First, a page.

Geoffrey Wood, FT, Opinion – Germany keeps being told that it must pay up to save the euro. But how much can Germany pay? No one seems to have thought about that, but there is already concern about the possible size of the bill
EUROZONE: Euro Zone Sees Single Bank Supervisor
Stephen Fidler, William Boston, Matthew Karnitschnig, Gerard Baker, WSJ – European leaders at a two-day summit in Brussels said they would speed up plans to create a single supervisor to oversee the euro zone’s banks, and agreed on measures aimed at reducing soaring borrowing costs for Spain and Italy.
CHINA: Hu Arrives in Hong Kong
Jeffrey Ng, WSJ – China’s President Hu Jintao kicked off a three-day visit to Hong Kong on Friday urging solidarity among different sectors of the city, and praising the city’s development in the years since the former British colony’s handover to Chinese rule.
Ellen Barry, Nick Cumming-Bruce and Rick Gladstone, NY Times – “I think we are going to have a good meeting” on Saturday, Mr. Annan told Reuters television in Geneva as senior officials held preparatory talks in advance of the weekend encounter of foreign ministers, including Secretary of State Hillary Rodham Clinton. “I am optimistic.”
Leos Rousek, WSJ – Slovenia, a euro-zone member since 2007, has no immediate plans for seeking an international bailout for its under-capitalized banks, the finance ministry’s spokeswoman said late Thursday.
SOUTH KOREA/JAPAN: At last minute, S. Korea postpones signing first military pact with Japan since World War II
Chico Harlan, Washington Post – Japan and South Korea had planned on Friday to sign a new intelligence-sharing agreement that would show off their growing trust. But when Seoul unexpectedly backed out of the deal, the neighbors were left only with a new disagreement and a reminder of their long-running animosities.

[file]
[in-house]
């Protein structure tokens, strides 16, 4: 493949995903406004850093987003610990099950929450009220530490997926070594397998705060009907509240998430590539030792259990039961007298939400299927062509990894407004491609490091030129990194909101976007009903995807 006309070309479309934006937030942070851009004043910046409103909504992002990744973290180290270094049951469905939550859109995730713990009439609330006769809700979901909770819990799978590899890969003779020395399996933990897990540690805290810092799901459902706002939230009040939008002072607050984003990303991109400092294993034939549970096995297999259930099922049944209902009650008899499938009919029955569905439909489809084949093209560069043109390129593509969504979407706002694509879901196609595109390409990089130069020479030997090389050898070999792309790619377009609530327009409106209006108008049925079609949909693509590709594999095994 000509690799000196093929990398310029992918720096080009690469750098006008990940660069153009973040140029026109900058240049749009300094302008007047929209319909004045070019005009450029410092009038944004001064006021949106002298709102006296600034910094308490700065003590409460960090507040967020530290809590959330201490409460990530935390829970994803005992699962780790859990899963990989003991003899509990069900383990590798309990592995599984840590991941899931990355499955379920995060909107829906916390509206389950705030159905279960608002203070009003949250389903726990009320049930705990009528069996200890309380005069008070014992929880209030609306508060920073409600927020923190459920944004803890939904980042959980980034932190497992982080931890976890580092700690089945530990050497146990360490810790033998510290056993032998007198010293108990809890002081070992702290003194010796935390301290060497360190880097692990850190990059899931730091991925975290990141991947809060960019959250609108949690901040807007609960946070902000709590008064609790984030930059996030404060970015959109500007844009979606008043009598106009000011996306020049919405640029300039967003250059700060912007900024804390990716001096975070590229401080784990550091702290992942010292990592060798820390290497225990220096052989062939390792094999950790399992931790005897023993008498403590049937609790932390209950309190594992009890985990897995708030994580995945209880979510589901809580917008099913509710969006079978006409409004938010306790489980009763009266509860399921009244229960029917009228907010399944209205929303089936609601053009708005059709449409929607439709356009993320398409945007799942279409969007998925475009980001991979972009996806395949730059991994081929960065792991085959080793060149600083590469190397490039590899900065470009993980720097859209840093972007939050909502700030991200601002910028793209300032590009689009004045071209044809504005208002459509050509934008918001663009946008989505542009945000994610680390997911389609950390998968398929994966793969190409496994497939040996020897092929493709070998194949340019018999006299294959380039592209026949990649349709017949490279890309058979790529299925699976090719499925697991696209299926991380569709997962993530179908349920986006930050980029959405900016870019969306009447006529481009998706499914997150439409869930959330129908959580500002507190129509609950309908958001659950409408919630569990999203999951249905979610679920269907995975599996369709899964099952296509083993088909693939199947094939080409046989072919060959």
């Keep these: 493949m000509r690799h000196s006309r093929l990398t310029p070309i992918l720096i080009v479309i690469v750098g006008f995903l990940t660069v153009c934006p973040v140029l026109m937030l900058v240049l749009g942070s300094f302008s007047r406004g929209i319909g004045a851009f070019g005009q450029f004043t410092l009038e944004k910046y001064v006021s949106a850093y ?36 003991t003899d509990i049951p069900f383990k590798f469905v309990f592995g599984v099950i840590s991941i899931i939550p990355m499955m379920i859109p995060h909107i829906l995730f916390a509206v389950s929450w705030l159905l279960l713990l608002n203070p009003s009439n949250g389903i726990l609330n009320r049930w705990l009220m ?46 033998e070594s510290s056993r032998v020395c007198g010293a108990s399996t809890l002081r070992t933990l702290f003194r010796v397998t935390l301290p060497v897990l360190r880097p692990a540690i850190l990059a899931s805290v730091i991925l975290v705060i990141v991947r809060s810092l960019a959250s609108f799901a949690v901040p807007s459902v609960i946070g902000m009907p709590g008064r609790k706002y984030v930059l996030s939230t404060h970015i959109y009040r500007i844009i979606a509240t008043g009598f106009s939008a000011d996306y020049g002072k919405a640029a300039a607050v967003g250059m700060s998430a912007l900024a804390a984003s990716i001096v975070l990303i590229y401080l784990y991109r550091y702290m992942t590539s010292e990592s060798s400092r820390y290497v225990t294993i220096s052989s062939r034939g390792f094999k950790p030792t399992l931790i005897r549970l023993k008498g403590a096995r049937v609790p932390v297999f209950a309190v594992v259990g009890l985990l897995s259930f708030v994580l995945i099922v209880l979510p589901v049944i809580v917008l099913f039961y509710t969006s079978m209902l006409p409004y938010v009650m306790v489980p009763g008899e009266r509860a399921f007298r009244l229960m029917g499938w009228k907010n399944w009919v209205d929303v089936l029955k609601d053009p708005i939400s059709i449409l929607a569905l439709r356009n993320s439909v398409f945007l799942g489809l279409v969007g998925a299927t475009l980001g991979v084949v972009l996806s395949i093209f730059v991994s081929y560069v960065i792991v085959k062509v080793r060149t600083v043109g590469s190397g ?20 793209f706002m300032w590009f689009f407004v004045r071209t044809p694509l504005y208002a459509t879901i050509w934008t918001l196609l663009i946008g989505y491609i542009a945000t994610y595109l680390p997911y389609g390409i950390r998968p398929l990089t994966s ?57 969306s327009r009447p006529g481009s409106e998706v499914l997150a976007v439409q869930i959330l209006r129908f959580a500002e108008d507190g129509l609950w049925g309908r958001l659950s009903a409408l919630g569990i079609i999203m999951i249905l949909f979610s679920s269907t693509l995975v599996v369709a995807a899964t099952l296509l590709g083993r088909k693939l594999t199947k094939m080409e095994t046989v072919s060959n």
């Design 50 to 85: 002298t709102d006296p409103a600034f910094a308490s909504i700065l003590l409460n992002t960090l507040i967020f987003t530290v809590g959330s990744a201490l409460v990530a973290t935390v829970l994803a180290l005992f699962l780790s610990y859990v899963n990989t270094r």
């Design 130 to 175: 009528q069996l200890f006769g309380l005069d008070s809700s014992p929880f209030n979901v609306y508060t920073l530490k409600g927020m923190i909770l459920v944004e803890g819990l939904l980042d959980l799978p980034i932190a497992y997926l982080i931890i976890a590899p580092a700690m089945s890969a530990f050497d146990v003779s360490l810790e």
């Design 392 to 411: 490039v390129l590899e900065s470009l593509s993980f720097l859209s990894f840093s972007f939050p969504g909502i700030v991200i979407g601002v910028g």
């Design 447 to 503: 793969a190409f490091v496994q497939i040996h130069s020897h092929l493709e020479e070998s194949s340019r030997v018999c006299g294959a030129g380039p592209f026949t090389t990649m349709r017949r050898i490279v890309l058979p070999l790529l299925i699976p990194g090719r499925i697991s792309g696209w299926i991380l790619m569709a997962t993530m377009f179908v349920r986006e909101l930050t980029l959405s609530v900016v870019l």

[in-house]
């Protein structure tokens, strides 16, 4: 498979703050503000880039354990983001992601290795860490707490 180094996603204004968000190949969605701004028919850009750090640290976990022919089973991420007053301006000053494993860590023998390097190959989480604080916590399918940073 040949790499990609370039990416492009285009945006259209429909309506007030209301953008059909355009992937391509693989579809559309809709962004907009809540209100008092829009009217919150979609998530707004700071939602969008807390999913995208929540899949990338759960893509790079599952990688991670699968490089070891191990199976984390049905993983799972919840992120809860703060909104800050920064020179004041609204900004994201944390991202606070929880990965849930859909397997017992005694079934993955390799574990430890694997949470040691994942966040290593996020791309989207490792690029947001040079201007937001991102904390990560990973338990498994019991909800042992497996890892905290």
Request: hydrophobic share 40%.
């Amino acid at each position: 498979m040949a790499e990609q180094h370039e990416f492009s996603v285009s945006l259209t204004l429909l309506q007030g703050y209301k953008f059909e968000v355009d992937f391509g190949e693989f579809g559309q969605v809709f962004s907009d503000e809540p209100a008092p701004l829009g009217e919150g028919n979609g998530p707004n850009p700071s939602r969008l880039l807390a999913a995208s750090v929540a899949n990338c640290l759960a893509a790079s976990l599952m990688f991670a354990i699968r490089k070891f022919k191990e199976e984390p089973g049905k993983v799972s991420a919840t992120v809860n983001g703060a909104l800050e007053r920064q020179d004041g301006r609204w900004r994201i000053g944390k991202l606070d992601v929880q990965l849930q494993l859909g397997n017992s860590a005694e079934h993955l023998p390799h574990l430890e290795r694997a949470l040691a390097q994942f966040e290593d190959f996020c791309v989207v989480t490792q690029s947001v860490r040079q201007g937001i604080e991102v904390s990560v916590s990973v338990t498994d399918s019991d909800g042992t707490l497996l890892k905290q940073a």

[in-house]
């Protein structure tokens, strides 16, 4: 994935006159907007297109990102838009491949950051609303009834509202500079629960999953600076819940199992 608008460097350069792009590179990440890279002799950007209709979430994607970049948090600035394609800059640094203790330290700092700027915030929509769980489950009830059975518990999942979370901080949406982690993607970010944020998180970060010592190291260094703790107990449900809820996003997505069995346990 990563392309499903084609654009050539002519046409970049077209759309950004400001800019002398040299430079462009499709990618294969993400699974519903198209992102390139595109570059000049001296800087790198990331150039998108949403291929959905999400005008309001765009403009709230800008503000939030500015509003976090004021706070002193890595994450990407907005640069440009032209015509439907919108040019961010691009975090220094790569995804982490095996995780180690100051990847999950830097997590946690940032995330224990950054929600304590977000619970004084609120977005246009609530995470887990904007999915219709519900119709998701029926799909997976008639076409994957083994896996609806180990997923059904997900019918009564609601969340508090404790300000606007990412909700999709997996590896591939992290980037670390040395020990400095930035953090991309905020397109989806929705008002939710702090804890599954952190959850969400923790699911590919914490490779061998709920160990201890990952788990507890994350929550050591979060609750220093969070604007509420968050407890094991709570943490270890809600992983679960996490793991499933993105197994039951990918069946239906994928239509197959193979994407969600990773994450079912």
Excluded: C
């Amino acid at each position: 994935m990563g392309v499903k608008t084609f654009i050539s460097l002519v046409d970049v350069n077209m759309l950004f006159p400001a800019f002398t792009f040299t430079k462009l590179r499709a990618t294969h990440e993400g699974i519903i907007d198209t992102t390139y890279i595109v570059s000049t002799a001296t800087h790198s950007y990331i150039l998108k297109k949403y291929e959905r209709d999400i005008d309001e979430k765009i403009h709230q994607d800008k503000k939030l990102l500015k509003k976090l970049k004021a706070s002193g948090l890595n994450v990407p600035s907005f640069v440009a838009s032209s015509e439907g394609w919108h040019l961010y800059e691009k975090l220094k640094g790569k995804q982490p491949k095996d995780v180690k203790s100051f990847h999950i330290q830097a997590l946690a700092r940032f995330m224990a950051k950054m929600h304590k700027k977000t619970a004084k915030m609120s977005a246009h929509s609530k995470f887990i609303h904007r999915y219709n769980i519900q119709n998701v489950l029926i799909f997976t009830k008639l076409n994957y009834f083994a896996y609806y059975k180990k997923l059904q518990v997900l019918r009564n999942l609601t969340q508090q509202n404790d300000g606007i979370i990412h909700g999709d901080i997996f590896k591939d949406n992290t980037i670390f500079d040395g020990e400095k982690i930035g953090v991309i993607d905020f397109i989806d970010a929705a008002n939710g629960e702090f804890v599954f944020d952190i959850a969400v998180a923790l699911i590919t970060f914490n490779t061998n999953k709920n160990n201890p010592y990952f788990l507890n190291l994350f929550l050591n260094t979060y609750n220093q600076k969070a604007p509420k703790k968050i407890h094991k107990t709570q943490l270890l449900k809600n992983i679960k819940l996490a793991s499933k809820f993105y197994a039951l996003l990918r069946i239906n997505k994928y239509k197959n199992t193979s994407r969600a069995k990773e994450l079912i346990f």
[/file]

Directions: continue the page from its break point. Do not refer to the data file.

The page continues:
Sari Horwitz, Washingon Post – United Technologies, a major defense contractor, and two of its subsidiaries on Thursday acknowledged covering up the illicit sale of sensitive military software to China — technology that the country later used to develop its first attack helicopter.
Xan Rice, FT – An Islamist rebel movement in Mali says it now controls the main towns in the country’s vast northern region after ousting the secessionist Tuareg fighters who first launched an uprising against the government earlier this year.
Economist – The rowdiest street protests for years have shaken Sudan’s already wobbly president, Omar al-Bashir.
CURRENCY: Rupee Takes a Toll on Foreign Companies
Harsh Joshi, WSJ – Indian importers are pulling their hair out because the rupee’s sharp slide makes everything they buy overseas more expensive. Foreign companies with big operations in India have just as much reason to curse the currency.The Indian currency is down 11% against the dollar in the last three months, and it also has fallen sharply against other major currencies. Foreign businesses with units in India find the money they repatriate in dollars is worth less than previously. That can mean a significant hit to earnings.
Jason Motlagh, WP – Deep in the resource-rich hills of northern Burma’s Kachin State, a civil war grinds on between government forces and Kachin rebels, calling into question the more conciliatory signals emanating from the country. Over the past year an estimated 75,000 civilians have been driven from their homes.
Economist – Europe’s crisis is worse than it looks. As if the continent’s troubled financial markets and economy were not a big enough burden, a decade-long (and largely unnoticed) improvement in its fertility rate seems to have come to an abrupt end.